And that’s it, that is all we know regarding tissue healing and regeneration related to IASTM. From evidence in rats only, we can promote fibroblast proliferation, but even in the rat studies, when compared to tissue healing without IASTM, no difference is noted after 12 weeks of healing.
Personally, I do not think the tissue healing concepts will pan out any better in future research, nor do I care if it does or not. It is too easy to fall into the “tissue quality” trap, where we chase the make-believe picture of “good quality tissue”, rather than looking at objective measures which are rapidly changeable to meet the patient’s functional goals. As with any manual therapy intervention, I am primarily interested in within and between session improvements which allow me to promote movement to get the patient moving which is ultimately the only thing that will change tissue. If IASTM helps tissue healing, it’s a bonus, but I do not want it to be focus of my treatment or my education.
I want to end this post with reference to a recent study by Alfredson, et al. which examined the most extreme version of tissue scraping, surgical scraping under anesthetic, in the treatment of chronic achilles tendinopathy. (14) In their study, they recruited only individuals with bilateral chronic achilles tendinopathy, and surgical scraping was only performed on one side (the most painful side). Despite having expected to need a second surgery for the opposite side, 11 of the 13 patients had full resolution of symptoms bilaterally after unilateral scraping. Many already had full satisfaction bilaterally within the first 6 weeks. The authors make a good discussion why they believe these improvements were centrally mediated, not mechanically oriented. It is an excellent read and well worth the time locating.
The Sales Pitch
With the understanding that many of the systems out there have little published evidence for the unique benefits of their expensive educational programs that they require you to complete in order for you to be able to purchase their IASTM tools. Why not consider one of the lowest cost options on the market with the best ergonomics, inclusion of all the most popular concavities and convexities (multiple tools in one), and no entry level requirements available in both stainless steel and plastic? Check out the EDGE and EDGEility series of tools!
1.) Wilson JK, Sevier TL, Helfst RH, Honing EW, Thomann AL. 2000. Comparison of rehabilitation methods in the treatment of patellar tendinitis. Journal of Sports Rehabilitation. 2000;9(4): 304-314.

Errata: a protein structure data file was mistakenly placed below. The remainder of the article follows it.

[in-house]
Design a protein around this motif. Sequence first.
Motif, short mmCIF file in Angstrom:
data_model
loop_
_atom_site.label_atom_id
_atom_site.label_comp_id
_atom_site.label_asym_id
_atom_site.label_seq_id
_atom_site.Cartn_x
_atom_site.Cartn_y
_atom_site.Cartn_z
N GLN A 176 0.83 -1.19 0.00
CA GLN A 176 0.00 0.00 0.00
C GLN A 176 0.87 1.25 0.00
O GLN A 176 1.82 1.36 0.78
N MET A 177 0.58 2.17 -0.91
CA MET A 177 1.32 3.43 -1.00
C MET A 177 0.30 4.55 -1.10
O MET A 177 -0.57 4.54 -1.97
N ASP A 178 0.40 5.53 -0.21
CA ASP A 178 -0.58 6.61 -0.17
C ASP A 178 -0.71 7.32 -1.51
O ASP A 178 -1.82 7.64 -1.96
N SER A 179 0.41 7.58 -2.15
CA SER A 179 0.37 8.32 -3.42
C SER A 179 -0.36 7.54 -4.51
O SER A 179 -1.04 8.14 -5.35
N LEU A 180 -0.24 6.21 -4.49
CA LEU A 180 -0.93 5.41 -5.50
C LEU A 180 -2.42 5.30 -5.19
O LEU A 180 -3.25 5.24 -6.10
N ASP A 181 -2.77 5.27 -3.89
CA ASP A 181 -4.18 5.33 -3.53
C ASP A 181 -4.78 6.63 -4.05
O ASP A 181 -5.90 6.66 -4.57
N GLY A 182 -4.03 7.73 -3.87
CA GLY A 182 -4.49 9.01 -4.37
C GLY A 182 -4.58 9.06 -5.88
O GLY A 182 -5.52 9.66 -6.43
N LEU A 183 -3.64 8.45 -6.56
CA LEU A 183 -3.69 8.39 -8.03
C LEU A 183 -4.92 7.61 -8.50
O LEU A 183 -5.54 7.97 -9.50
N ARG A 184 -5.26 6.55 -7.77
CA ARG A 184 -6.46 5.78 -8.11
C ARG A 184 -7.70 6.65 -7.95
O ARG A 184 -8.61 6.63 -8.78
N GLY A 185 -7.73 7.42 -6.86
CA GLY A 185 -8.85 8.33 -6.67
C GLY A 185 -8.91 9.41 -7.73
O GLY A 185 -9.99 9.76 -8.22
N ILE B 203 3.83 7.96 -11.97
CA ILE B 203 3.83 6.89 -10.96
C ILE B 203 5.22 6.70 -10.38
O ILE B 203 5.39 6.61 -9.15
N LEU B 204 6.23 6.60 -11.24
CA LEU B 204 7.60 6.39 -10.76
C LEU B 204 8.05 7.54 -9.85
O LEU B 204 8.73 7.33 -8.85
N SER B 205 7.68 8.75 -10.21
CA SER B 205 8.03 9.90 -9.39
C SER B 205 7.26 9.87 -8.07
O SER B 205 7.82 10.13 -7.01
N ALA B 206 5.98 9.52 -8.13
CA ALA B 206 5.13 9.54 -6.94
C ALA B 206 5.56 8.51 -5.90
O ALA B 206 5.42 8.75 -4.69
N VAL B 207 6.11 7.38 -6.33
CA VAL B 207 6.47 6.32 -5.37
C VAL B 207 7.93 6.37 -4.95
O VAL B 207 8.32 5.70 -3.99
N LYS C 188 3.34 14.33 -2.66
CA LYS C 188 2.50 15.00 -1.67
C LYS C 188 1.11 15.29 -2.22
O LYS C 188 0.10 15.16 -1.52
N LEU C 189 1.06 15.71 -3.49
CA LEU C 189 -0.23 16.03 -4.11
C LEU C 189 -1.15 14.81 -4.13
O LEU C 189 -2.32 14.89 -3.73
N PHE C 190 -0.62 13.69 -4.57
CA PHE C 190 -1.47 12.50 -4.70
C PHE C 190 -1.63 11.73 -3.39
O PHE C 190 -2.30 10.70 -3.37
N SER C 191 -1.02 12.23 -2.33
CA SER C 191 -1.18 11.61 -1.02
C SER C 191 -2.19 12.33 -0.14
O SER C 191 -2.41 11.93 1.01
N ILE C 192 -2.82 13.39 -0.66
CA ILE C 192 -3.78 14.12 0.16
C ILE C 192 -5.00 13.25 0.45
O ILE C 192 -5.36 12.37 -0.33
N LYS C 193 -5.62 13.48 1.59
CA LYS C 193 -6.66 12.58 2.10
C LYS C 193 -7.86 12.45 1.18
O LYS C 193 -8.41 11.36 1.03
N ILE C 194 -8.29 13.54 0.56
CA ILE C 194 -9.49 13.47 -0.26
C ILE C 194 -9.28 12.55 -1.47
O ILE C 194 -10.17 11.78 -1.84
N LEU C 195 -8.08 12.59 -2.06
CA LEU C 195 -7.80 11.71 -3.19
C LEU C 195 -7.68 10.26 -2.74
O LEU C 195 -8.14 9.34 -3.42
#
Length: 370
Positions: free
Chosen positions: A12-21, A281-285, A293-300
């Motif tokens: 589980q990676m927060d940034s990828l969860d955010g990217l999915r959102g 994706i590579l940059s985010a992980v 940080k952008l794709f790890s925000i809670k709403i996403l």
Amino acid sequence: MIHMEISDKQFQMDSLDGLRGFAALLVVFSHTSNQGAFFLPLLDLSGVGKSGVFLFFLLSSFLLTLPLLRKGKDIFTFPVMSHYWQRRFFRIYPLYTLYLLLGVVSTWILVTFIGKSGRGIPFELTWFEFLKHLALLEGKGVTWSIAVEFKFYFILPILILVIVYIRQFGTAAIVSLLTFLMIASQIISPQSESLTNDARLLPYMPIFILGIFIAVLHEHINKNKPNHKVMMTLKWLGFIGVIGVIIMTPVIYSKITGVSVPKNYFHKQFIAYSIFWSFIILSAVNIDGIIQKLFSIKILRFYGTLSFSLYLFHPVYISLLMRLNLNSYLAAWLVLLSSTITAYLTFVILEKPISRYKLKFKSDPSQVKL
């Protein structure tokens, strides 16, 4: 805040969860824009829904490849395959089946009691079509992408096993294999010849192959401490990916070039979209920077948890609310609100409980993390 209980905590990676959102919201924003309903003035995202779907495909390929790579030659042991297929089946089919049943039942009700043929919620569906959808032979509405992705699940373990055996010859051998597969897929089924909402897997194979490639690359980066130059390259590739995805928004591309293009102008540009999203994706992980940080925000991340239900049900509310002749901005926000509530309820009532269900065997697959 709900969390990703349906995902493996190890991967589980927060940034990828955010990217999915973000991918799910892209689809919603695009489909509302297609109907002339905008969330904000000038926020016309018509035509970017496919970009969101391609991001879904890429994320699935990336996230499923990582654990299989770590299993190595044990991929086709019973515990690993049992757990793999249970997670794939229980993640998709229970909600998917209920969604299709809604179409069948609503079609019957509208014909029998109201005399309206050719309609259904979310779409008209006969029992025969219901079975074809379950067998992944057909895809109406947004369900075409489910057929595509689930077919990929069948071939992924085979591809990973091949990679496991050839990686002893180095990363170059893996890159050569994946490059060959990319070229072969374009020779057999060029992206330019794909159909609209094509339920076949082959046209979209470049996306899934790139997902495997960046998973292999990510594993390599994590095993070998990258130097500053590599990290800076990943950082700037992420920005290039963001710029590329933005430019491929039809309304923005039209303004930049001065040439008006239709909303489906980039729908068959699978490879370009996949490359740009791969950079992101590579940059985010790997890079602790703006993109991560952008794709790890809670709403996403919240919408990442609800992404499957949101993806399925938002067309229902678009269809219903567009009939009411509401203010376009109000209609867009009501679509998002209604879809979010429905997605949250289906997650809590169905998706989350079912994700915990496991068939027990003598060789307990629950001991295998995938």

2.) Burke, et al. 2007. A pilot study comparing two manual therapy interventions for carpal tunnel syndrome. Journal of manipulative and physiological therapeutics 30(1):50-61.
3.)Blanchette, Marc-André, and Martin C. Normand. 2011. Augmented soft tissue mobilization vs natural history in the treatment of lateral epicondylitis: a pilot study. Journal of Manipulative and Physiological Therapeutics 34(2):123-130.
4.) Slaven EJ, Mathers J. Management of chronic ankle pain using joint mobilization and ASTYM® treatment: a case report. Journal of Manual and Manipulative Therapy. 2011;19(2):108-112.
5.) Davies CC, Brockopp DY. 2010. Use of ASTYM® Treatment on Scar Tissue Following Surgical Treatment for Breast Cancer: A Pilot Study. Rehabilitation Oncology. 28(3):3-12.
6.) McCrea EC, George SZ. 2010. Outcomes following augmented soft tissue mobilization for patients with knee pain: A case series. Orthopaedic Physical Therapy Practice. 22(2):69-74.
7.) Hammer, W.I., Pfefer, M.T. 2005. Treatment of a case of subacute lumbar compartment syndrome using the Graston technique. J Manipulative and Physiol Ther. 28:199-204.
8.) Hunter, G. 1998. Specific soft tissue mobilization in the management of soft tissue dysfunction. Man Ther. 3: 2-11.
9.) Melham TJ, Sevier TL, Malnofski MJ, Wilson JK, Helfst RH. 1998. Chronic ankle pain and fibrosis successfully treated with a new non-invasive augmented soft tissue mobilization technique (ASTM): A case report. Medicine & Science in Sports & Exercise. 30(6):801- 804.
10.) Nielsen, Arya, et al. 2007. The Effect of Gua Sha Treatment on the Microcirculation of Surface Tissue: A Pilot Study in Healthy Subjects. EXPLORE: The Journal of Science and Healing. 3(5):456-466.
11.) Loghman, M.T., Warden, S.J. 2009. Instrument-Assisted Cross-Fiber Massage Accelerates Knee Ligament Healing. JOSPT. 39(7):506- 514
12.) Davidson, C.J. Ganion, L.R. Gehlsen, G.M., Verhoestra, B. Roepke, J.E., Sevier, T.L. 1997. Rat tendon morphologic and functional changes resulting from soft tissue mobilization. Med Sci Sports Exerc. 29: 313-319.